Emma Lazarus wrote "The New Colossus" in 1883 as a celebration of the Statue of Liberty. At the time of writing, the statue was not built, let alone installed (this did not happen until 1886) but, already, Lazarus recognised its potency as a symbol of American freedom and liberty.
In essence, then, the second stanza of the poem offers a hearty welcome and a message of encouragement to future immigrants. In this call to action, she portrays foreign nations as being dominated by "storied pomp" and neglectful to their people. As a result, these people have become "tired" and "poor" and are now "yearning to break free." In fact, their lives are so bad that they are huddled on the "teeming shores," desperate to get away.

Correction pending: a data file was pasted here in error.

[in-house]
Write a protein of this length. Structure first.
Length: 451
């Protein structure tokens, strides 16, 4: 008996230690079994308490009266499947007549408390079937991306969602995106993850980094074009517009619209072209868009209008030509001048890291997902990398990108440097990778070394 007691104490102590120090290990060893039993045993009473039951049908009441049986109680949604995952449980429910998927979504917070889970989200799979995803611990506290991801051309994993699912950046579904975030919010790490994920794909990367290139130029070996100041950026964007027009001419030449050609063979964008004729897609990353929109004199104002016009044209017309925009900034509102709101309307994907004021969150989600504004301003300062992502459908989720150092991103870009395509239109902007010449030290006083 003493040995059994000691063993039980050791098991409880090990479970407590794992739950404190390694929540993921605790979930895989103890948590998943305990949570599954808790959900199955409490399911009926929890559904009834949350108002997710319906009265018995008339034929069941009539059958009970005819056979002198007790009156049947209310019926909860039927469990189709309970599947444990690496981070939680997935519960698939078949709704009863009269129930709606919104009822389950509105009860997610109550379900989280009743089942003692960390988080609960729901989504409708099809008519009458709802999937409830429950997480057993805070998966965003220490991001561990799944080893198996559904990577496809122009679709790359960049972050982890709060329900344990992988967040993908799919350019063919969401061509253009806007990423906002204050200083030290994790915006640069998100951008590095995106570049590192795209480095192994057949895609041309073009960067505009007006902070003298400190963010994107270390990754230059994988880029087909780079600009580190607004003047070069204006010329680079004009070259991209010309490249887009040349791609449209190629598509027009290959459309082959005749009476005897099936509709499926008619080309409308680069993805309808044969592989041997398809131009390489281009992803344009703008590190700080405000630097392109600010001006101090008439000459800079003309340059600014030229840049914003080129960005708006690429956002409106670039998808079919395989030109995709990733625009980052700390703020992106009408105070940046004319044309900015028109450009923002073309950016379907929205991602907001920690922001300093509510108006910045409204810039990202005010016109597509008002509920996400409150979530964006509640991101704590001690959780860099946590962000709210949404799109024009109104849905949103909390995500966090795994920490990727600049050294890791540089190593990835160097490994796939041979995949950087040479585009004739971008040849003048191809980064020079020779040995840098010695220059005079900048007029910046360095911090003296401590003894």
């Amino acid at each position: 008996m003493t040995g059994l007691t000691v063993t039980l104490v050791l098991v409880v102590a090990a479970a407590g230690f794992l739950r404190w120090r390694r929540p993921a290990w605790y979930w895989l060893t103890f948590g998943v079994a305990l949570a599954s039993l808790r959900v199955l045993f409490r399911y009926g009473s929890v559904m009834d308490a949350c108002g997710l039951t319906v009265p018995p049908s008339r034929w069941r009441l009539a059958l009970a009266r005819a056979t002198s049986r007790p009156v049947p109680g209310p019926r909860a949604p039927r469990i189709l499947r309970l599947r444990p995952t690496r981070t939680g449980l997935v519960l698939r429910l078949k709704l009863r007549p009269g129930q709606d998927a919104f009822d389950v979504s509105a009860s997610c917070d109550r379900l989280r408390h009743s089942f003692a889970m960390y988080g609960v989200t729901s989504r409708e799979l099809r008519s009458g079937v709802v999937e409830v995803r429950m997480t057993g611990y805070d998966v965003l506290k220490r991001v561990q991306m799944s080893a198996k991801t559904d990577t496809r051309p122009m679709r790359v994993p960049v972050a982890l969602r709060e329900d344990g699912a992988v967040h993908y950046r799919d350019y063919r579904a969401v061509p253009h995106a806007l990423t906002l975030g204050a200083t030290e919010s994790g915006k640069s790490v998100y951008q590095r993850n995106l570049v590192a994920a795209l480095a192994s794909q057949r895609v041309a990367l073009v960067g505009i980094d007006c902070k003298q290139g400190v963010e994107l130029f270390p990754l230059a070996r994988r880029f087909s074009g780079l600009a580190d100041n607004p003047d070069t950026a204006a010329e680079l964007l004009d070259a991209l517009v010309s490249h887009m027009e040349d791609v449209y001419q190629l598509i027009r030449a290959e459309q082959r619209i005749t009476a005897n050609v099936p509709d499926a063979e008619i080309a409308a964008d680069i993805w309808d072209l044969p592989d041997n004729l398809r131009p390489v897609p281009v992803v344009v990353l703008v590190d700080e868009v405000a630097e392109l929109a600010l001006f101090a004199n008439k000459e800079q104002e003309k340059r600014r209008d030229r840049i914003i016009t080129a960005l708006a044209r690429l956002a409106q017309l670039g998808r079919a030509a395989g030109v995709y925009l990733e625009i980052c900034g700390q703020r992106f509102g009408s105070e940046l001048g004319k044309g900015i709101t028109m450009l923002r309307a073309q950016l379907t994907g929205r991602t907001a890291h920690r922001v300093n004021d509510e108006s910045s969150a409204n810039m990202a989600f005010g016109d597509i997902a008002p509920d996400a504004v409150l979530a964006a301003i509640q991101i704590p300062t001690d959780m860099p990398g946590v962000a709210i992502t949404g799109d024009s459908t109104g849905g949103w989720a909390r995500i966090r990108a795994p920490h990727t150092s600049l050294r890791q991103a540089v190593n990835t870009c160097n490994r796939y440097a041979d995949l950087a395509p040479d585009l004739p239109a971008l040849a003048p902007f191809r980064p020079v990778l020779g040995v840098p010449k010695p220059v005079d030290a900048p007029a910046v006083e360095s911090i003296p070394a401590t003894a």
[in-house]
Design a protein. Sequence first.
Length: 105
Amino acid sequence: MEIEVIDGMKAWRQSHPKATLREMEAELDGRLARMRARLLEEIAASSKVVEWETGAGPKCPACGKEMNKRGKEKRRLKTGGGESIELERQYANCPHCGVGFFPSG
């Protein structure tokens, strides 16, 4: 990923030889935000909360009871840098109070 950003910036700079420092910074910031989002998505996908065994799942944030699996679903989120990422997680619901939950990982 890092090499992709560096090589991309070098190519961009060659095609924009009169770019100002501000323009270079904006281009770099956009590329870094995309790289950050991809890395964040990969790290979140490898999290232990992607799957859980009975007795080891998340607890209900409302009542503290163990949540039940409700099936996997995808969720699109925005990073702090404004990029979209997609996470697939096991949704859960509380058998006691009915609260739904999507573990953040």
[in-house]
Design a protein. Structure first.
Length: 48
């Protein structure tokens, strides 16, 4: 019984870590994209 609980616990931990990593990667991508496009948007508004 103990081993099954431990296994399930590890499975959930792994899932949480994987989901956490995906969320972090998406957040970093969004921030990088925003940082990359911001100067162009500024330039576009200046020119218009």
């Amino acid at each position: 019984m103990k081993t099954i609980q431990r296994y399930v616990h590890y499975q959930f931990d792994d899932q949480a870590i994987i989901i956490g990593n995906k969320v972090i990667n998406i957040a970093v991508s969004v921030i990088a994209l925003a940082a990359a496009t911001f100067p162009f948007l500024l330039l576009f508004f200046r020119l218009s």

Life in these foreign countries contrasts sharply with the "golden door" to America. Here, Lady Liberty will lift her "lamp" to welcome immigrants and direct them in their new lives. She is, thus, portrayed as a caring and welcoming figure, akin to a mother, who will turn no person away and who will nurture and protect against the tyranny of the Old World.